By the late seventies I started to notice that the Village Voice, and Robert Christgau in particular, had no patience for mellow singer songwriters like James Taylor, or overly serious progressive rock bands like Genesis. They were about rock and roll in all its ebullience and pock-marked beauty. To my horror, I would see seemingly simplistic rock and roll records like the New York Dolls being rated over my oh so serious heroes like Jackson Browne.
Wow, was that like a bucket of cold water! They really seemed to enjoy bashing anything “tasteful” – in other words anything that I’d be tempted to put on to impress my parents that rock music was serious.
To be fair, Creem magazine had always shared this aesthetic, but when I was reading it back in 1973, I thought it was in thrall to the glam rock fad going on at the time. But it turned out to be part of a grander tradition that had also looked askance at the psychedelic era (which, let’s face it, didn’t age very well) with it’s long guitar solos and hazy pronouncements that said little more than “there’s a weird smell in the bathroom.”.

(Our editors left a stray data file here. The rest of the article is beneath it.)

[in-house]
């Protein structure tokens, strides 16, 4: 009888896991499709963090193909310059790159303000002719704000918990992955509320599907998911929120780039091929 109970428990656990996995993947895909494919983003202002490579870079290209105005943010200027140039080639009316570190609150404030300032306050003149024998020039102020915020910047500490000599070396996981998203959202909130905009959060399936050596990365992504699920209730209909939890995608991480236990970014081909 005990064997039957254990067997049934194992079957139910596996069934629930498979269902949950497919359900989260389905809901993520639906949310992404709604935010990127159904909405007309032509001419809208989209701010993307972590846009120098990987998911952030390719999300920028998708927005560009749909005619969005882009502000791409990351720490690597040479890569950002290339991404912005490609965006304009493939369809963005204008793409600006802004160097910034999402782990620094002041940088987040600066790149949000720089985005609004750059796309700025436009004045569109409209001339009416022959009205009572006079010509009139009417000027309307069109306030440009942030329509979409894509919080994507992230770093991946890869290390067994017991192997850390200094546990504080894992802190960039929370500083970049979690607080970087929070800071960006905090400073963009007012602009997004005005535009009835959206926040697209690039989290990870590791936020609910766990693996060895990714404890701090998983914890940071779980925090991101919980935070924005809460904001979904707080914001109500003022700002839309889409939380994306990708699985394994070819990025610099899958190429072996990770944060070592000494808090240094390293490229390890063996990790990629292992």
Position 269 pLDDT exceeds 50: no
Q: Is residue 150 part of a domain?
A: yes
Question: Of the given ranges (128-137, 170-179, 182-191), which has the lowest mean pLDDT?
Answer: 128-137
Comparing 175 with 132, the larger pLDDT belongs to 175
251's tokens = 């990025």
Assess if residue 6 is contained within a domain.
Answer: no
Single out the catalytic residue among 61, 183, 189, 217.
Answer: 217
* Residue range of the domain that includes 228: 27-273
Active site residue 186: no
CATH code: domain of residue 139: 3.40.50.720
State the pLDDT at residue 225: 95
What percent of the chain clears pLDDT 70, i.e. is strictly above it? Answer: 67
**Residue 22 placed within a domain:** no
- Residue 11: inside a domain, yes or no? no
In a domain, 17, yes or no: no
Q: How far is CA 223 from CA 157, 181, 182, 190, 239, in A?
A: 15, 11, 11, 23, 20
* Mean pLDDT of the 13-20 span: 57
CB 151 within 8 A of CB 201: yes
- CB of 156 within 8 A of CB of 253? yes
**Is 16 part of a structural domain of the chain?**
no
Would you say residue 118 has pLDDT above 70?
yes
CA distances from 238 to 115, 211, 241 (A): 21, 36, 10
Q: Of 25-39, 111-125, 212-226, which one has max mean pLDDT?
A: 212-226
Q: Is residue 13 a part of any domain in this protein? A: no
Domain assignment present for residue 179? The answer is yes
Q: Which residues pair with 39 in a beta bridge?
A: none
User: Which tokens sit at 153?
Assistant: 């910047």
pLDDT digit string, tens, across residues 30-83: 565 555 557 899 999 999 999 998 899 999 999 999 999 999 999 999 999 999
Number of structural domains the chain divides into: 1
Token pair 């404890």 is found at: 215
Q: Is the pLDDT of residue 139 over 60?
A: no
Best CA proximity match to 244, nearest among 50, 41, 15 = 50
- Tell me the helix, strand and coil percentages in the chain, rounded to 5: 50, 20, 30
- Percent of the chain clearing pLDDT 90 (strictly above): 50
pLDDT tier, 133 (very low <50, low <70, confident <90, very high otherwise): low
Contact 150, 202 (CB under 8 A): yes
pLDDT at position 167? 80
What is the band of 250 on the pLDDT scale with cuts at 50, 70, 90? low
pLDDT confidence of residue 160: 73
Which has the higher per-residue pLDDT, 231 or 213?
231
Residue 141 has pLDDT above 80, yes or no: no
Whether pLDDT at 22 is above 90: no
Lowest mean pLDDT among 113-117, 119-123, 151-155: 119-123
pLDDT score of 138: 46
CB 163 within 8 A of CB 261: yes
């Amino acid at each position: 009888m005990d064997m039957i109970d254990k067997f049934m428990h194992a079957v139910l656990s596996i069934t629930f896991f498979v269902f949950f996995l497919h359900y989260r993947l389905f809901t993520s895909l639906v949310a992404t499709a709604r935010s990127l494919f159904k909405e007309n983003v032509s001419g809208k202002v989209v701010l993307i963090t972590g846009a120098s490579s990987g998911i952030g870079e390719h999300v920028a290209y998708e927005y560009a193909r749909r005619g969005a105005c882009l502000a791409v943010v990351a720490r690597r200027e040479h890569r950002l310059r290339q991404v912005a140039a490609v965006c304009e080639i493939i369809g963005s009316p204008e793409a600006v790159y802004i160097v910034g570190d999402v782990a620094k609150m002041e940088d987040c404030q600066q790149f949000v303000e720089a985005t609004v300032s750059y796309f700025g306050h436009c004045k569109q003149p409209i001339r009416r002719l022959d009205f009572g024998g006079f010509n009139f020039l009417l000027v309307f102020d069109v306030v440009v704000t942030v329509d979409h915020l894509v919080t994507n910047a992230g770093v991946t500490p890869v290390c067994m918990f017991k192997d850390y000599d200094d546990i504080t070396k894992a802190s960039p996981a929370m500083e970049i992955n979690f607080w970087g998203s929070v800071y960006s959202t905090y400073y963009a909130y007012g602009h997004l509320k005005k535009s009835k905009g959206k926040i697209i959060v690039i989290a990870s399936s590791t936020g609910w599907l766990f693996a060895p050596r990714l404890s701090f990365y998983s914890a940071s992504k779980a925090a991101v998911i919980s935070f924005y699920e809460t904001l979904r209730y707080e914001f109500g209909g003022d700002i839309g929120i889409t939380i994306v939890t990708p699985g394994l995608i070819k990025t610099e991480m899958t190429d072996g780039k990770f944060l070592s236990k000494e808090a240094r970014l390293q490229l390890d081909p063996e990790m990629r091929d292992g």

All of this upended my thinking. So there were difference schools of thought! Which led to the question: if the critics themselves didn’t agree, why listen to any of them?
Was one school of thought any more valid than another? Well, yes, I thought. The one you found yourself agreeing with, right? But not so fast. Didn’t that just make it another dead-end tribe? Yes, unless it challenged you and taught you things. Then it was something better. It helped you avoid the trap of listening to the same thing over and over again.
But it also meant meant that you shouldn’t expect to absolutely love everything the first time you heard it. I have a long history of not getting things the first time around. But sticking around has almost always paid off.
The Voice helped me look back at the 70s in a new light, and encouraged my hesitant forays into punk rock.
My first was Talking Heads More Songs About Buildings and Food, based on a rave from Robert Christgau. The first time I put it on, I heard maybe four good songs surrounded by a lot of weirdness. But those four were enough to keep me hanging in until I got the rest (“Found a Job” being the most audacious, and maybe now my favorite.) Within a week I loved it all, and it remains one of my all time favorites.
And there would be others that seemed even more forbidding, like the Sex Pistols. I listened anyway. Some things I never got (Pere Ubu), but so what? Half the fun was the exploration. The trick was to not get discouraged. Just learn something about the music, the reviewer and maybe myself.
And move on to the next record.